Bank for International Settlements Explains MEV and Ethereum Market Manipulation


“Minor Extractable Value” or MEV and its effects is one of the open secrets of the industry. And the Bank for International Settlements recently released a document entitled “Miners as intermediaries: extractable value and market manipulation in crypto and defy”To explain the phenomenon and its risks. In it, they define MEV as “the profit that miners can take from other investors by manipulating the choice and sequencing of transactions added to the blockchain.”

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The paper focuses on the Ethereum blockchain. How popular is the practice there? “MEV is so widespread that, occasionally, one in 30 transactions is added by miners for this purpose.” Aha! So much more. How much do miners take part in? “Since 2020, the total MEV on the Ethereum network alone has been estimated at USD 550-650 million, according to two recent estimates.” And keep in mind, “These estimates are based solely on the largest protocol and therefore may be shortened.”

The operation is still not illegal

This is why MEV warns you, “Not only do these gains come at the expense of other market participants, but mining transactions also delay other legitimate transactions.” How is the operation a gain, though?

“By manipulating market prices through a specific order – or even censoring – pending transactions. Since the register is universally observable, these forms of market manipulation can be seen, even if the underlying identities of the miner or the other party in question remain unknown.

In a senator blockchain, “theoretically, miners should select and order transactions based solely on fees.” Not in this case, though. It’s as simple as that, “a number of different users make buy-sell transactions in MemPool and miners can choose which orders to include in this block.” Under this instance, “transactions are not ordered based on fees, but on the profit opportunities they create for mining.”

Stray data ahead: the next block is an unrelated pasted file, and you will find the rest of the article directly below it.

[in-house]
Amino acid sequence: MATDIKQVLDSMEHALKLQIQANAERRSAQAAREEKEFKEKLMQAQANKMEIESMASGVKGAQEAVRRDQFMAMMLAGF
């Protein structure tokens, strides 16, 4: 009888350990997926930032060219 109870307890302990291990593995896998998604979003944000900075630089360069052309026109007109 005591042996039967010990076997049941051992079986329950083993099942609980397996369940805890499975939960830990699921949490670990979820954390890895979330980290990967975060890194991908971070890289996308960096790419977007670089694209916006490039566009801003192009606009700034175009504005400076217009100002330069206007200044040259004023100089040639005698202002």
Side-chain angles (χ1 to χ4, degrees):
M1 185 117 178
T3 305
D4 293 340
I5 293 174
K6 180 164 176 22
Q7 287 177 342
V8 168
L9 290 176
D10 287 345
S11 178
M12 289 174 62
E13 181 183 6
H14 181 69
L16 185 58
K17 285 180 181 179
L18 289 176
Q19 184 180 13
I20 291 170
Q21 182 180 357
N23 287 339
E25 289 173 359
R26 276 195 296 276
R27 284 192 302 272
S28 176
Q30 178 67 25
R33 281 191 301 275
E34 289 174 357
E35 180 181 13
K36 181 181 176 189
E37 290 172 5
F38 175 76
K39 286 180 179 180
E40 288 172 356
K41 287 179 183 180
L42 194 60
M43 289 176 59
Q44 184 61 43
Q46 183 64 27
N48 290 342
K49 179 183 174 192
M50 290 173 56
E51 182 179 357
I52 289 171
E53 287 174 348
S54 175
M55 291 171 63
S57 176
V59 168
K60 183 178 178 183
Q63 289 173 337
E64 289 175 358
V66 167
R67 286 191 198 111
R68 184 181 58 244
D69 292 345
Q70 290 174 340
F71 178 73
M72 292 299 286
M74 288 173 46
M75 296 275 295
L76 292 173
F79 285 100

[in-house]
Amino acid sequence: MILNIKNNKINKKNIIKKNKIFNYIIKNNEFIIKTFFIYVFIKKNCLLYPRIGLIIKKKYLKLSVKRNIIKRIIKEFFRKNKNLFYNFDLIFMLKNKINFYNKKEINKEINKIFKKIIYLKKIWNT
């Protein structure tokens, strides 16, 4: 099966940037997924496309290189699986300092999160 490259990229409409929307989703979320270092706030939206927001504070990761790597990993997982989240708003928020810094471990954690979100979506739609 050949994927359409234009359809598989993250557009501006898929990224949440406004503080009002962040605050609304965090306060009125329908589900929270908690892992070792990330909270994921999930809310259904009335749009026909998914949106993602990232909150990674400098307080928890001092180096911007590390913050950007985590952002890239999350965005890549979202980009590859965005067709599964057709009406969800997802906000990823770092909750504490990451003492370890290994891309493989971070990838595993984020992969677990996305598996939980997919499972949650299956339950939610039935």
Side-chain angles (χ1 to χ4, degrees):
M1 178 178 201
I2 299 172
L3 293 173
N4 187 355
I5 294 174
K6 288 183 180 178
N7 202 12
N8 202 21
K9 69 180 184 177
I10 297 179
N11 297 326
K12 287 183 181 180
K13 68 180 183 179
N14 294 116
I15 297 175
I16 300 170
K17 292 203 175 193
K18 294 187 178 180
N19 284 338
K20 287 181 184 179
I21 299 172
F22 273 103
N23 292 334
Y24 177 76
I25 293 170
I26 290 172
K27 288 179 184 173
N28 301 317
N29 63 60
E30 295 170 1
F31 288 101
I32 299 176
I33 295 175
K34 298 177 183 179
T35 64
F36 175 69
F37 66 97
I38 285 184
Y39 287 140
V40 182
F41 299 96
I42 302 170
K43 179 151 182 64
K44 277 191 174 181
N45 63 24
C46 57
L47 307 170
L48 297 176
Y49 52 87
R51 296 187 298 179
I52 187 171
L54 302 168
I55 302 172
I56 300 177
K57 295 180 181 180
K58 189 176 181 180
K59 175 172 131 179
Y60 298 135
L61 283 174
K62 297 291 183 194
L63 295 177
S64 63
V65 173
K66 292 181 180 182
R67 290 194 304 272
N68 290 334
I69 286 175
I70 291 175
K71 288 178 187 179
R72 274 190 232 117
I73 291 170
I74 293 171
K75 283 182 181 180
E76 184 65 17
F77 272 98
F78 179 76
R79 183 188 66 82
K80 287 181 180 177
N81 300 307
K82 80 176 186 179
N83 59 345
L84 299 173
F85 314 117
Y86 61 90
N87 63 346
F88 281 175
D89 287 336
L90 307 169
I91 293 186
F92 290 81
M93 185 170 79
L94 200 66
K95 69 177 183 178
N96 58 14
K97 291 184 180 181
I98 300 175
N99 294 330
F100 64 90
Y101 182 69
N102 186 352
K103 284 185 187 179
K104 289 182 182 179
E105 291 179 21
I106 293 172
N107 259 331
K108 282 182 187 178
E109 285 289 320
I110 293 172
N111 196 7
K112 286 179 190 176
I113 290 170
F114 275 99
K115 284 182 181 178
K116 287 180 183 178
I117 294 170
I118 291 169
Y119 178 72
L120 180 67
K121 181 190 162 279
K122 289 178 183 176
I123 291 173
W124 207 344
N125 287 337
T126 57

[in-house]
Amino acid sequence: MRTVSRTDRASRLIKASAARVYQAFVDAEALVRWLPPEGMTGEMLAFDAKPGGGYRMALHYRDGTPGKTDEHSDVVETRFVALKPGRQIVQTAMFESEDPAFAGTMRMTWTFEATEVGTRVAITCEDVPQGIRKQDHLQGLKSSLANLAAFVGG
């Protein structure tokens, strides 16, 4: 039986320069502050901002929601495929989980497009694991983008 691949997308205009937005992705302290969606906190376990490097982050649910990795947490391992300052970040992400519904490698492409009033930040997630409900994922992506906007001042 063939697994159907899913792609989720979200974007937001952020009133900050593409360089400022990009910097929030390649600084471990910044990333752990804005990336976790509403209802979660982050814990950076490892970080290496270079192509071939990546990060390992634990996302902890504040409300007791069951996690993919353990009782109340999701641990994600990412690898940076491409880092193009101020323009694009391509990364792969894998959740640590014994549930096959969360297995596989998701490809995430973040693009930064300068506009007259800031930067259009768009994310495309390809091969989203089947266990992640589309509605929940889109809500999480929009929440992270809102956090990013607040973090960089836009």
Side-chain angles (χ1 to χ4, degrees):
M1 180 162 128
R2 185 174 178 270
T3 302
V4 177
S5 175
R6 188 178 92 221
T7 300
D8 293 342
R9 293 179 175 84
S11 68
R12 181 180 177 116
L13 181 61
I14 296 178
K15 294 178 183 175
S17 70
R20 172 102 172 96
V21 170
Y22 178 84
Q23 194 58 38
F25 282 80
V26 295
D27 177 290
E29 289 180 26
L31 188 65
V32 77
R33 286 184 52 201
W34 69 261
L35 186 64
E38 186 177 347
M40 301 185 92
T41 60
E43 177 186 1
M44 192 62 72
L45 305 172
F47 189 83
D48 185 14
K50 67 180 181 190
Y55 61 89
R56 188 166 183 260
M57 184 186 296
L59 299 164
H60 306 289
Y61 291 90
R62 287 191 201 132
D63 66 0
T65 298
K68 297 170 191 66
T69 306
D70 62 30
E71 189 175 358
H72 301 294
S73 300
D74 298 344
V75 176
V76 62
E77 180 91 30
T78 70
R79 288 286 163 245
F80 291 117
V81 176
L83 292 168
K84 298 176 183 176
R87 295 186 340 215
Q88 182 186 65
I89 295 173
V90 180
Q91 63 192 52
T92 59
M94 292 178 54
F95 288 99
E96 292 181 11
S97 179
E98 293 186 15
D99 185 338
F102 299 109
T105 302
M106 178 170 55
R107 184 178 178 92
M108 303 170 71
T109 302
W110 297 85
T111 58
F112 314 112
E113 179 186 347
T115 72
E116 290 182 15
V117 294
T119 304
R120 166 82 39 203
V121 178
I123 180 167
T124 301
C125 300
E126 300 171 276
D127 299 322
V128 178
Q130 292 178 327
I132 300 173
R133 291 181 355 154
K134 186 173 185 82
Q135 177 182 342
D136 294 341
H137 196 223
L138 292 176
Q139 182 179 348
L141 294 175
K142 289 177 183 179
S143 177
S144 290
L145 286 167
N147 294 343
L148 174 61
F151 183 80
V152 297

If this sounds awful and destroys your trust in the system, then this is the reason it should be done. However, it is still not illegal. Here’s how it works:

“MEVs can therefore be likened to illegal front-runners by brokers in a traditional market: if one observes a large pending transaction in a mine memo that will significantly shift the market value, it may add a corresponding buy or sell transaction just before this large transaction, which The result is profit.

Is this whole thing valid? Not entirely, however, it is not particularly illegal.

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ETH price chart for 06/17/2022 on FTX | Source: ETH/USD on

Problems with MEV

First, “there are a number of open questions about whether the current regulation of internal transactions is directly transferable to the MEV.” Why is that? Because, “unlike traditional markets, anyone participating in such an ecosystem adopts rules encoded in its protocol.” If code is law, MEV should not be a problem.

However, code may be the law for users. When it comes to authorities, the BIS believes that “regulatory bodies around the world need to determine whether the extraction of money by miners constitutes illegal activity. In most jurisdictions, activities such as front-runners are considered illegal.” At the time of writing, the MEV exploiting “bot” is now active on various decentralized exchanges. “

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In addition, BIS considers that “MEVO poses a significant problem for the industry, as it conflicts with the concept of decentralization.” How does it work, BIS? “While blockchain decentralized governance may be useful for less trust in certain settings, it imposes considerable costs on users and on allocation efficiency.” Okay, maybe smart contract-enabled blockchains like that. None of this concerns Bitcoin.

What is BIS solution? They say “MEV and related issues can be addressed with approved distribution laser technology, based on a network of trusted intermediaries whose identities are universal.” What are you waiting for? Traditional systems are approved and identities are universal, why would you rebuild it with an inefficient blockchain attached to it?

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